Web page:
Gut bacteria are a key component in the ketogenic diet’s ability to decrease seizures in children with epilepsy. The research comes from UCLA, where researchers found a link between gut bacteria changes triggered by the diet and a decrease in the number of seizures experienced by mice. The gut bacteria changes were observed after only a few days of dieting.
The ketogenic diet is high in fat and protein and low carbohydrates. It has been known for decades that sticking to a keto diet can reduce or eliminate seizures in epileptics who don’t respond well to anti-epileptic medications. However, the reason for the diet’s positive effects wasn’t clear.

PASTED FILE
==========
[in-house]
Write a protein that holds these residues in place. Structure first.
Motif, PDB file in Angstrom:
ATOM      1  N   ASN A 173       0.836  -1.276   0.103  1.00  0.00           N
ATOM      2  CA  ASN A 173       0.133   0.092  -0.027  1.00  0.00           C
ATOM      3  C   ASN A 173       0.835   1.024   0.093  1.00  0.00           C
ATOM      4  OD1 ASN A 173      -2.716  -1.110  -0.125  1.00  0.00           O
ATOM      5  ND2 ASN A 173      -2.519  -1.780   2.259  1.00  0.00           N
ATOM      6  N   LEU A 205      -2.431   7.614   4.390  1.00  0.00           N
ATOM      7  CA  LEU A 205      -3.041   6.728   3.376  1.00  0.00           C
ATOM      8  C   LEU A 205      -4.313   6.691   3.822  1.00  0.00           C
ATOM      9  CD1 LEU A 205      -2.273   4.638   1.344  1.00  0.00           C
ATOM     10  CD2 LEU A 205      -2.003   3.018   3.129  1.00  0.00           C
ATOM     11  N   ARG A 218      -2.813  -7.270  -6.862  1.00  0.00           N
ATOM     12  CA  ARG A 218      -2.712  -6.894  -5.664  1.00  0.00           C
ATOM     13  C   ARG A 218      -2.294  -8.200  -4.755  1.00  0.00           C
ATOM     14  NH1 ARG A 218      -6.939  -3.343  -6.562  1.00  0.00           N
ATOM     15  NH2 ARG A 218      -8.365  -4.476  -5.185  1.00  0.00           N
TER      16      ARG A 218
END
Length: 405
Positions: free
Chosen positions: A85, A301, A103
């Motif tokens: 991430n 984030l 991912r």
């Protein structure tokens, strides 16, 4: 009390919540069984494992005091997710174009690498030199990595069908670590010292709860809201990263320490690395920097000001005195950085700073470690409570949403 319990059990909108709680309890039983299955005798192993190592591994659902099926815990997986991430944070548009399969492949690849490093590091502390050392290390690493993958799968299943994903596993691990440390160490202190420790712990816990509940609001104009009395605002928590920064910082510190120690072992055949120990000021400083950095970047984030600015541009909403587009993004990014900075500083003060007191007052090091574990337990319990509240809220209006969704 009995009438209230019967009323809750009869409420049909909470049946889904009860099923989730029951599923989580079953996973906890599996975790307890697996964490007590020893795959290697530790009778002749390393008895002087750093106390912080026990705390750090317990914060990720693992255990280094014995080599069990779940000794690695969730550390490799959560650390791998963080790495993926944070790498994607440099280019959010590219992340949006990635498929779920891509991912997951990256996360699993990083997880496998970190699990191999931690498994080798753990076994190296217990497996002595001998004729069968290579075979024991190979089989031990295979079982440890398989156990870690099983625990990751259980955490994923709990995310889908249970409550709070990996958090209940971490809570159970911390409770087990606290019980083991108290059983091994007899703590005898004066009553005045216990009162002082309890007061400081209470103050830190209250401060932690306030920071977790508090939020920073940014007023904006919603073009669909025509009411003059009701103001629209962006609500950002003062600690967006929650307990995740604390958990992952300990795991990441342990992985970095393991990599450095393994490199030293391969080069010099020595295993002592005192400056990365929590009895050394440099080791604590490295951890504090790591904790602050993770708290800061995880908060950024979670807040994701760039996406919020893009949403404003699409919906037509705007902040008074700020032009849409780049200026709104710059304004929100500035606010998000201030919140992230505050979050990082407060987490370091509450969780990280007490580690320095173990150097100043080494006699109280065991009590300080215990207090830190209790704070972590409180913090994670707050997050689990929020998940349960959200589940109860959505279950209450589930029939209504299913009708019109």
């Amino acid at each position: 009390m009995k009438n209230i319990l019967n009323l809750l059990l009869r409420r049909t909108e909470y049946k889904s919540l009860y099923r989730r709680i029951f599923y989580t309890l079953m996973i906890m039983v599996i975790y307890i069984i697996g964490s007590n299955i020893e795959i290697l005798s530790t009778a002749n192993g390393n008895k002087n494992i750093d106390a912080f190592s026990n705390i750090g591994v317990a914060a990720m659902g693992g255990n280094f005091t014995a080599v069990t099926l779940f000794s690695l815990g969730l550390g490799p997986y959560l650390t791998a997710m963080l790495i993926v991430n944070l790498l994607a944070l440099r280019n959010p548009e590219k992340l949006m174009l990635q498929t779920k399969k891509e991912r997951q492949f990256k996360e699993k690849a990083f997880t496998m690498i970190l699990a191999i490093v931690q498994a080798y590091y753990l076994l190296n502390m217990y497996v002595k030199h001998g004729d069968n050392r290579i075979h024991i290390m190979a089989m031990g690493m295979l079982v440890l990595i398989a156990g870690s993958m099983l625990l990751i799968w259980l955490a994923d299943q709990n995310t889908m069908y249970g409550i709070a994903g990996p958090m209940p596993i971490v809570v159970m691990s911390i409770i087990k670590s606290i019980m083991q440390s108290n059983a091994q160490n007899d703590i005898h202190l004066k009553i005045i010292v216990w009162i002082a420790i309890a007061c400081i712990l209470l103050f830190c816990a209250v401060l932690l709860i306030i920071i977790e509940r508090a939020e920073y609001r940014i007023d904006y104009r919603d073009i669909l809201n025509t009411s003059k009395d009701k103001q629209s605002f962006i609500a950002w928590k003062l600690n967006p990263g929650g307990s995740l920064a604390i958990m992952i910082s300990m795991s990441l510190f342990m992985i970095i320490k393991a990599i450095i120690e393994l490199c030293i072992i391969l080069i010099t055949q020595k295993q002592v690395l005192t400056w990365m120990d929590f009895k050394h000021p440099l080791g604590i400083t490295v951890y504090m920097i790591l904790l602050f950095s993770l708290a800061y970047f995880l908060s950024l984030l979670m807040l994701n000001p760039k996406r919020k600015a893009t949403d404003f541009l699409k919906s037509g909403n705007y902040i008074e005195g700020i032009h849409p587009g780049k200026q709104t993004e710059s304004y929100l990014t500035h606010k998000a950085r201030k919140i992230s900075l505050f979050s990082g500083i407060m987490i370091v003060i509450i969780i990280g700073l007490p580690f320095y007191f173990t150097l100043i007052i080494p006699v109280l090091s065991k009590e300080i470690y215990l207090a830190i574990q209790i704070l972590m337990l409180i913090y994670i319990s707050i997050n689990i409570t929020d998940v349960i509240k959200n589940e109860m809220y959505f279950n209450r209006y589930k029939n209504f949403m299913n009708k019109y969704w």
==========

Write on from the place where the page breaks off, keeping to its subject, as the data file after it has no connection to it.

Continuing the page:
A study out of UCLA sheds light on the matter, revealing a link between changes in gut bacteria caused by the keto diet and its positive effect on epilepsy. Assistant professor of integrative biology and physiology Elaine Hsiao and colleagues used mice as the model for their study, finding that a keto diet “substantially altered” gut bacteria in less than four days.
When raised in the absence of germs or put on antibiotics to kill gut microbes, mice on the keto diet no longer experienced a decrease in seizures. However, other mice put on the keto diet experienced fewer seizures, indicating that gut bacteria is ultimately behind the change.
The researchers narrowed down which bacteria increased as a result of the diet: Akkermansia muciniphila and Parabacteroides species. Neither bacteria by itself offered protection against seizures, but when administered to germ-free mice together, the anti-seizures effects were present.